Trademarks are words, letters, designs, symbols or logos which act to identify the owner’s goods or services. Trademarks are sometimes referred to as brand names. Popular examples are: Coca Cola®, Gatorade®, the Nike swoosh symbol or McDonald’s golden arches.
U.S. trademark rights are established through use in commerce. A trademark based solely on use has limited advantages compared with those which are registered. To secure trademark protection nationwide, a federal registration is highly recommended.
A trademark receives federal registration through the United States Patent and Trademark Office. There are several benefits of Federal Trademark Registration including to ensure that another business will not be able to register the same or a confusingly similar mark for similar goods or services.
From a business perspective, a trademark allows consumers to develop brand recognition. The investment to develop a brand may be jeopardized if the owner waits to register a trademark because another could register the mark before them.
Prior to applying to federally register a trademark, it is highly recommended the owner complete a clearance search of existing trademarks. A search helps to assess availability of a trademark and greatly reduces risk that a business invests in a brand that will have to be changed to avoid infringement liability.
Trademarks do not need to be identical to be refused.
Our firm offers a full range of services for United States patents, trademarks, and copyrights. We also can assist with international patent and trademark registrations, state specific trademarks, for profit and non-for profit business formations, acquisitions, contract negotiations and other business matters.
Unlike many on-line services claiming to be IP service providers, all of our services are delivered by licensed attorneys to stream line the process and save you time and resources. Go to Frequently Asked Questions for additional information on the topics below.
A copyright is a form of legal protection given to works of original authorship by the U.S. Copyright Office once the work is placed in a fixed or tangible form. Only the original author of the work can claim ownership unless the work was made through an agreement with the author.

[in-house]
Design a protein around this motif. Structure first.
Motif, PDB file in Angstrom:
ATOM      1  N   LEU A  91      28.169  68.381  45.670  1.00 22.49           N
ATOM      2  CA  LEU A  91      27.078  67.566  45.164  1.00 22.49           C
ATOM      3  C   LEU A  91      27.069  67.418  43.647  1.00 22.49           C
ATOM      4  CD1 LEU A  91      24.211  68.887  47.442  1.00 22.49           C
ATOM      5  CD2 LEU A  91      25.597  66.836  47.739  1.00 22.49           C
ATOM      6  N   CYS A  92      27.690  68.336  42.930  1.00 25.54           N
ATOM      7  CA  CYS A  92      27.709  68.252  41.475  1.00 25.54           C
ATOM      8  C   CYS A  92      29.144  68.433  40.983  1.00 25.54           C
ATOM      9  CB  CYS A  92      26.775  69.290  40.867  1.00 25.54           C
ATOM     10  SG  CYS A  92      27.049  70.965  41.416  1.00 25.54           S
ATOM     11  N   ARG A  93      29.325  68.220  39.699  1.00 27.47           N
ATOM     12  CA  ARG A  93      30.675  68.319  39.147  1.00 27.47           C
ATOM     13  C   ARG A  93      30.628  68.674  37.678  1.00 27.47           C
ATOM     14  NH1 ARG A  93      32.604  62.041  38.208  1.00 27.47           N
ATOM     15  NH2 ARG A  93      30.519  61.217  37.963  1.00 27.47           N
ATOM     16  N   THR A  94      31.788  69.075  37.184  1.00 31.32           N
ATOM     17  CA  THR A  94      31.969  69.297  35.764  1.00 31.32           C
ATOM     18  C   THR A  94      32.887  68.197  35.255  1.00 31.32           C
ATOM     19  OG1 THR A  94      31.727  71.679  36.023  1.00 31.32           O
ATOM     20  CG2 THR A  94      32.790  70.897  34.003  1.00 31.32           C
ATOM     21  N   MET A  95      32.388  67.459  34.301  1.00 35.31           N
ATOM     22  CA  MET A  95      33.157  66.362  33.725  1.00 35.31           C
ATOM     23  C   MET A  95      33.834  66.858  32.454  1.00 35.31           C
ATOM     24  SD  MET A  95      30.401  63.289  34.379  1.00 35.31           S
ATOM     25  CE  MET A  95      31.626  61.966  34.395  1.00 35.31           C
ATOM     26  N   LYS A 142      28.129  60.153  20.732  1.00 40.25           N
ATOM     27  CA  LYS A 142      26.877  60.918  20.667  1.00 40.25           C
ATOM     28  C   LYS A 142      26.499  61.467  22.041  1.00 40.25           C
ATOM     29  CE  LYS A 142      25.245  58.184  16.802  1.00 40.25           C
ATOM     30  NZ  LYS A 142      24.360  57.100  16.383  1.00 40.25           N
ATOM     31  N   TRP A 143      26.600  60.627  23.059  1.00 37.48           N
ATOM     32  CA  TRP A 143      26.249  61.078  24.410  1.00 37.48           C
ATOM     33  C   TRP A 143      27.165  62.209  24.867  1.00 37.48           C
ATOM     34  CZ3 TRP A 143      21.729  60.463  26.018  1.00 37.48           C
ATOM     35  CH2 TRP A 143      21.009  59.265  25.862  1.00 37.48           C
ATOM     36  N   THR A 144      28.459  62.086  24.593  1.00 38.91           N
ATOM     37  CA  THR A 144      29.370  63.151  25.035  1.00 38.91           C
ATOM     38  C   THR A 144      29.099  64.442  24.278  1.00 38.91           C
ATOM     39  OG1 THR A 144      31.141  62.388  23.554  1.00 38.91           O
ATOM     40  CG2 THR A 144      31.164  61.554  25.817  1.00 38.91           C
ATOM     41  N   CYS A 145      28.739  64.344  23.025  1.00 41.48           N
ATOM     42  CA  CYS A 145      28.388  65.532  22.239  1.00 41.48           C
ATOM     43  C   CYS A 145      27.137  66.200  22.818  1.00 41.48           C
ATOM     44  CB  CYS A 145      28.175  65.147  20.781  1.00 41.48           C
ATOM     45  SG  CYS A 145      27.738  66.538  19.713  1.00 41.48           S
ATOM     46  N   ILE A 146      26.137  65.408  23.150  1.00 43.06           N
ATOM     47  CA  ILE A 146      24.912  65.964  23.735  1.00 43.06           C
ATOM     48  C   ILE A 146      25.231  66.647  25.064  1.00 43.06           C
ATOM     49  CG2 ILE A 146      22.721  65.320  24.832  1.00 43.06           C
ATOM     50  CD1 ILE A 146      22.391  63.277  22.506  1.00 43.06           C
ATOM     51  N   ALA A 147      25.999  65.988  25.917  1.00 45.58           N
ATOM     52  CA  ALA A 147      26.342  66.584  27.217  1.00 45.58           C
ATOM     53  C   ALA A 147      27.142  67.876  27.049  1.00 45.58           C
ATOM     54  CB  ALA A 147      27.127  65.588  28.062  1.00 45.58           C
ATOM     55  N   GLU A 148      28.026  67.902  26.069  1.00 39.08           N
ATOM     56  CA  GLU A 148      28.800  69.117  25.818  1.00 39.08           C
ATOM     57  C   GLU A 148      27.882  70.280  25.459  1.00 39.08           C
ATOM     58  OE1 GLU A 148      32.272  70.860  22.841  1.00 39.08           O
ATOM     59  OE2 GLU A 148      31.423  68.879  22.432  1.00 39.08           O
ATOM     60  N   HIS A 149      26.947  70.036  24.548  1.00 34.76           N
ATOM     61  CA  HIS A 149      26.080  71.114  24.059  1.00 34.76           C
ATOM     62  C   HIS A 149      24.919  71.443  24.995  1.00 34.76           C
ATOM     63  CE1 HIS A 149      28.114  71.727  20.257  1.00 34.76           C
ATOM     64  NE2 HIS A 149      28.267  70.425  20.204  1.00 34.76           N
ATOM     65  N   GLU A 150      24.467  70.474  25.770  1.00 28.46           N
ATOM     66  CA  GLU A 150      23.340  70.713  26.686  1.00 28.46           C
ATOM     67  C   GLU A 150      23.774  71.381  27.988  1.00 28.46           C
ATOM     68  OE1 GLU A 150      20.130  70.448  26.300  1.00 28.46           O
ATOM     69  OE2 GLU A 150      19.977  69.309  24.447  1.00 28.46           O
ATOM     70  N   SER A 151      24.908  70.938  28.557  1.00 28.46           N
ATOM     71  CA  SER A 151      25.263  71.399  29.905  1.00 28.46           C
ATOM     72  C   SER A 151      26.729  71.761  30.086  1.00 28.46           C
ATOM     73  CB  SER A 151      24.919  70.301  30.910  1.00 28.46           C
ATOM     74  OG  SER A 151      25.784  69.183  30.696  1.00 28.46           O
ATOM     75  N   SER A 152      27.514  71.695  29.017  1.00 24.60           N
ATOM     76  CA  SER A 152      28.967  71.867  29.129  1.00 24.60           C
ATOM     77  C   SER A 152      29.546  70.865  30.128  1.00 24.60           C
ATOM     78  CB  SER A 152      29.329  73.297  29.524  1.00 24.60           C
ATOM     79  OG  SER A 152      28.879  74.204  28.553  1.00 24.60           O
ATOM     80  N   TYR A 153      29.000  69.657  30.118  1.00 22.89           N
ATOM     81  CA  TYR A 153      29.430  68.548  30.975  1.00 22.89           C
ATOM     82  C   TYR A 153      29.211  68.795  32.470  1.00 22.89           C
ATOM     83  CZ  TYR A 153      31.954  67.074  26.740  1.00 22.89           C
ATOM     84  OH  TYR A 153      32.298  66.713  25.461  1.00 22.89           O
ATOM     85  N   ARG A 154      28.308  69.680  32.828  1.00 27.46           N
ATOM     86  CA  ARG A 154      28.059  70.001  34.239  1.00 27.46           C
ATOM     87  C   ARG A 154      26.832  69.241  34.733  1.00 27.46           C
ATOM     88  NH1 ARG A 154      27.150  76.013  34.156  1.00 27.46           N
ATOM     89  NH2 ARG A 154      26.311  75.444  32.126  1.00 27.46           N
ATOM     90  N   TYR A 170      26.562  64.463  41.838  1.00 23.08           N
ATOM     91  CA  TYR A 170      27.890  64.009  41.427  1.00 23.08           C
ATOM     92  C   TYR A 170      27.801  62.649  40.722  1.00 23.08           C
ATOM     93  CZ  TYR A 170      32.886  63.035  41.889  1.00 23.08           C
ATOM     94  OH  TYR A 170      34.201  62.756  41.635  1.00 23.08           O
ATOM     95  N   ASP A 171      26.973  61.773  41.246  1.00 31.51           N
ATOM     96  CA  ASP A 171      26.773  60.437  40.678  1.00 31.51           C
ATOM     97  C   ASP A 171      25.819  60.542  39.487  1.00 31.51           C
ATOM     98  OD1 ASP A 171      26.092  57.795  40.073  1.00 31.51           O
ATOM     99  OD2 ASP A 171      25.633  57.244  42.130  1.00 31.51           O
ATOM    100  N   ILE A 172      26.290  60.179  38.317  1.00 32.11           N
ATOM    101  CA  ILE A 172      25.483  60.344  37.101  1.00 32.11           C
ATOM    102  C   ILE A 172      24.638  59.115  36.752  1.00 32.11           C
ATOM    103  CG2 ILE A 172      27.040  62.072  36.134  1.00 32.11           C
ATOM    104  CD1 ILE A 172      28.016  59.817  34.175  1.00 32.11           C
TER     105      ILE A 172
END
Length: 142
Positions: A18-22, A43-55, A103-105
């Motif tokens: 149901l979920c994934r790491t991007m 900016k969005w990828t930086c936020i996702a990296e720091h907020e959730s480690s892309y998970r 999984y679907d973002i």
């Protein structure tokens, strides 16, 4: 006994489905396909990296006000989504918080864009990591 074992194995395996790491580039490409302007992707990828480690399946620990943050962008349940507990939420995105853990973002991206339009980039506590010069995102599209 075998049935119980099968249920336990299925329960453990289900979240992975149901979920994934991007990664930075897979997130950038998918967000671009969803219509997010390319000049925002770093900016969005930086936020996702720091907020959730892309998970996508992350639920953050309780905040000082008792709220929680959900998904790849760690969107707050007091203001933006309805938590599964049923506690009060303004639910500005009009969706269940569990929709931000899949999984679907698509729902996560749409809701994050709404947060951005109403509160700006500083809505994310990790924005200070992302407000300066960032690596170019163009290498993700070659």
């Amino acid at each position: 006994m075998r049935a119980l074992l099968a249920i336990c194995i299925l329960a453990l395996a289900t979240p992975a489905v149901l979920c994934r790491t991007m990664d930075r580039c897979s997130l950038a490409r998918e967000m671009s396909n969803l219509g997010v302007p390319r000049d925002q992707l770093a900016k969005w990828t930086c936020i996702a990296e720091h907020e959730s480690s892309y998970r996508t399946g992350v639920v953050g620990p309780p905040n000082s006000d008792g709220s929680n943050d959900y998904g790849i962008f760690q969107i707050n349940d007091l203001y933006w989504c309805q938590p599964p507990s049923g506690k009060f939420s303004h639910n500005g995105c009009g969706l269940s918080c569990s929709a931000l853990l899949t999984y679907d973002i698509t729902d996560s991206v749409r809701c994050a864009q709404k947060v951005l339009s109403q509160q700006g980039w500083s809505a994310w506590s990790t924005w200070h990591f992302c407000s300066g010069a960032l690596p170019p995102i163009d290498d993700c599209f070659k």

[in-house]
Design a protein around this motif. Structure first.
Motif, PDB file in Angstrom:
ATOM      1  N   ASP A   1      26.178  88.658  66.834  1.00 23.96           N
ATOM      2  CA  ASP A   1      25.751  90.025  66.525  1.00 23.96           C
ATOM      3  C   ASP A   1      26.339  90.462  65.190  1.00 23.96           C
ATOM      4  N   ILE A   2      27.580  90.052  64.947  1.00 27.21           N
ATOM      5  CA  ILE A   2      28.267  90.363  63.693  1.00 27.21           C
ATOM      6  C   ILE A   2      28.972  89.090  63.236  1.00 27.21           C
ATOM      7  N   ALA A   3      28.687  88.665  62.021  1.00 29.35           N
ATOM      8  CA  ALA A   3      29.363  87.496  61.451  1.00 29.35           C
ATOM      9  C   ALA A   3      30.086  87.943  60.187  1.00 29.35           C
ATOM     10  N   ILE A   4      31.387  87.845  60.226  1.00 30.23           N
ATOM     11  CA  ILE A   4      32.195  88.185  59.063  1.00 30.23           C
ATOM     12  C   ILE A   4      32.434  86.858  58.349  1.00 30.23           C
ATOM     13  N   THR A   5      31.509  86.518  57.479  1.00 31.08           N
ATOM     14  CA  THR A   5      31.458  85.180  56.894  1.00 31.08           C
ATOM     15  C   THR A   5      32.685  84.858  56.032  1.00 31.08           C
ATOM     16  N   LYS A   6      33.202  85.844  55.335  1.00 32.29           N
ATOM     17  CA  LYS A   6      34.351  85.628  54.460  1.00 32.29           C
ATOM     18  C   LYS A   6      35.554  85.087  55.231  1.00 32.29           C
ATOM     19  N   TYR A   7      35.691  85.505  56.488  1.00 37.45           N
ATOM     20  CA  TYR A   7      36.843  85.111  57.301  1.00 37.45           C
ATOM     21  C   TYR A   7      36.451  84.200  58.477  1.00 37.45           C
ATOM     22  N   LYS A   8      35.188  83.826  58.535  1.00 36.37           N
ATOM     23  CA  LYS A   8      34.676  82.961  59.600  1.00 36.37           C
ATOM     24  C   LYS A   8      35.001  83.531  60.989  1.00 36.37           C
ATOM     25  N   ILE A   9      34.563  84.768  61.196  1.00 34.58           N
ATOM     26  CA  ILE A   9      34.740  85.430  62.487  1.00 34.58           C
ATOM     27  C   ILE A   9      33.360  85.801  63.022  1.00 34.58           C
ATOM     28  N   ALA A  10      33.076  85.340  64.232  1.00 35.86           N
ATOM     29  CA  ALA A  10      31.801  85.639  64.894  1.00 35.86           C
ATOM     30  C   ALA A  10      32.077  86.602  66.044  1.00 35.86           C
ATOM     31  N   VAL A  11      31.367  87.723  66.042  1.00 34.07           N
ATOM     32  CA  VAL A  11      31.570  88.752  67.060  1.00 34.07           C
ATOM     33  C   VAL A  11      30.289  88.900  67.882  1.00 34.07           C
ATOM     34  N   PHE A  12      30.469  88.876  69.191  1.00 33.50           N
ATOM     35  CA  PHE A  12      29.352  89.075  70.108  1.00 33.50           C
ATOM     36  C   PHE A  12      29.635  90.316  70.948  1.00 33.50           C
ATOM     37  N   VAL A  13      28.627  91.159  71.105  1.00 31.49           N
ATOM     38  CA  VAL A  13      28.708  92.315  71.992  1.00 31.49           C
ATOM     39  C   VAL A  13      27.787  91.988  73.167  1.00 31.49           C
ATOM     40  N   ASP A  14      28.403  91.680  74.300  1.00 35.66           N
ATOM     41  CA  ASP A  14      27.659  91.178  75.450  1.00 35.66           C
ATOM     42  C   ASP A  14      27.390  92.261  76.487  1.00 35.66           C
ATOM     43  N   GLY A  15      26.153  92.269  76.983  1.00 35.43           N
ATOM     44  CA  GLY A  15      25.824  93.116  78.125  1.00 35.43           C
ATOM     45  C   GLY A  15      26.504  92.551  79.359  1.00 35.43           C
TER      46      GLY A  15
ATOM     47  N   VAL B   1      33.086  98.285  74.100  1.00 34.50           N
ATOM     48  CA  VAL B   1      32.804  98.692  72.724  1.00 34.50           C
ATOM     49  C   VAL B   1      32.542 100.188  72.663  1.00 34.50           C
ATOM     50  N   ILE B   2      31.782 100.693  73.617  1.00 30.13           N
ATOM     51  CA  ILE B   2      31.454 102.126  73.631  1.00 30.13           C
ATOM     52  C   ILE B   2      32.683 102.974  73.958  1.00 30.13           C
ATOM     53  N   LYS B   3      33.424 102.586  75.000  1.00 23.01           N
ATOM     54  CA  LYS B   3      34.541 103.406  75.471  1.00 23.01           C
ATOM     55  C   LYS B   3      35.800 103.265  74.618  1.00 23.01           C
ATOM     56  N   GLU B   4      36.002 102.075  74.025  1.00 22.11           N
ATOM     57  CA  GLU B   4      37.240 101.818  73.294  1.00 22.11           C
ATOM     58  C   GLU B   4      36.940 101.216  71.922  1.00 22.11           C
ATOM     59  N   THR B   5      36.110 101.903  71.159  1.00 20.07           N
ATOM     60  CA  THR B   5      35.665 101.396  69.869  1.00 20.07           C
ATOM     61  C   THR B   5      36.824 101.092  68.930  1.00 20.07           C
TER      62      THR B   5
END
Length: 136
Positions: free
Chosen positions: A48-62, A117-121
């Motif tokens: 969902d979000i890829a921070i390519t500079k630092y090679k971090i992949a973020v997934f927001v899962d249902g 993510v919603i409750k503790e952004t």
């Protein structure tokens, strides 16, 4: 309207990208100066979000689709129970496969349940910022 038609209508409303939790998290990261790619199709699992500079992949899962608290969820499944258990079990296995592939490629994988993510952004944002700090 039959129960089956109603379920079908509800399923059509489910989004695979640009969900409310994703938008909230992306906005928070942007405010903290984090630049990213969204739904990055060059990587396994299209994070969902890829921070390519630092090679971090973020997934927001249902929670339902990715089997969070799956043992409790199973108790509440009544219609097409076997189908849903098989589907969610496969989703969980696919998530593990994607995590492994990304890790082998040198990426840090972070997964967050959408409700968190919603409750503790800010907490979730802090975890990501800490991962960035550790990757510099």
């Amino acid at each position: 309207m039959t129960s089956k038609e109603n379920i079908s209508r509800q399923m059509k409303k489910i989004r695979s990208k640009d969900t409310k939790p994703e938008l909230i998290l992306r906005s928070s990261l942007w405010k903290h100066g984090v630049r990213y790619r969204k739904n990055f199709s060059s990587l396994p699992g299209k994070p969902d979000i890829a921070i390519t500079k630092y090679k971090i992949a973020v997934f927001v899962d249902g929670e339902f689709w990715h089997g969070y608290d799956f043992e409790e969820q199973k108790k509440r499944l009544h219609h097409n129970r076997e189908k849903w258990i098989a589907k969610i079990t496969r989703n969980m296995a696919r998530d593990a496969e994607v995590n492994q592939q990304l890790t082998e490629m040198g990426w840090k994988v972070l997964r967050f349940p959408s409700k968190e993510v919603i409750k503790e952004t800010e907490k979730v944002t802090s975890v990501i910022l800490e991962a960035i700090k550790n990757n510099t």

Copyrights can exist for:
• literary works consisting of more than a short phrase or slogan
• musical works, including any accompanying words
• dramatic works, including any accompanying music
• pantomimes and choreographic works
• pictorial, graphic, and sculptural works
• motion pictures and other audiovisual works
• sound recordings
• architectural works
Registration by the U.S. Copyright Office or publication of the work is not required for the author to secure copyrights, however there are certain benefits of federal copyright registration. These benefits include the ability to bring a case to court if there is an infringement or unauthorized copying of the work.
An attorney’s legal fees and statutory damages may also be covered by the infringing party if a copyright obtains federal registration before an infringement claim is brought to court.
A patent is a property right granted to an inventor by the United States Patent and Trademark Office (USPTO). The right granted excludes others from making, using, offering, selling or importing the same invention in the United States for a limited time. The types of patents available are:
1) Utility – the most common patent. Used for new, nonobvious and useful processes, machines, manufactured articles, composition of matter or improvements to the above.
2) Design – ornamental design of a manufactured article.
3) Plant - asexually reproduced plant varieties by design and plant patents.
Before investing time and resources into a patent application, we highly recommend performing a patent search to determine if your invention is patentable. A search may identify prior patents, published applications and possibly other publications that share sufficient characteristics with your invention which may preclude or limit the scope of patent protection.
Another consideration before submitting a patent application, is whether a provisional or non-provisional application is appropriate. A provisional application acts a placeholder to the non-provisional application. The benefits of a provisional application are: no claims or detailed drawings are required at the time of application; allows the term “patent pending” to be used with the invention; and does not require oaths or disclosures of prior art.
NOTE: A provisional application must be merged or converted into a non-provisional application within one year, otherwise it becomes abandoned.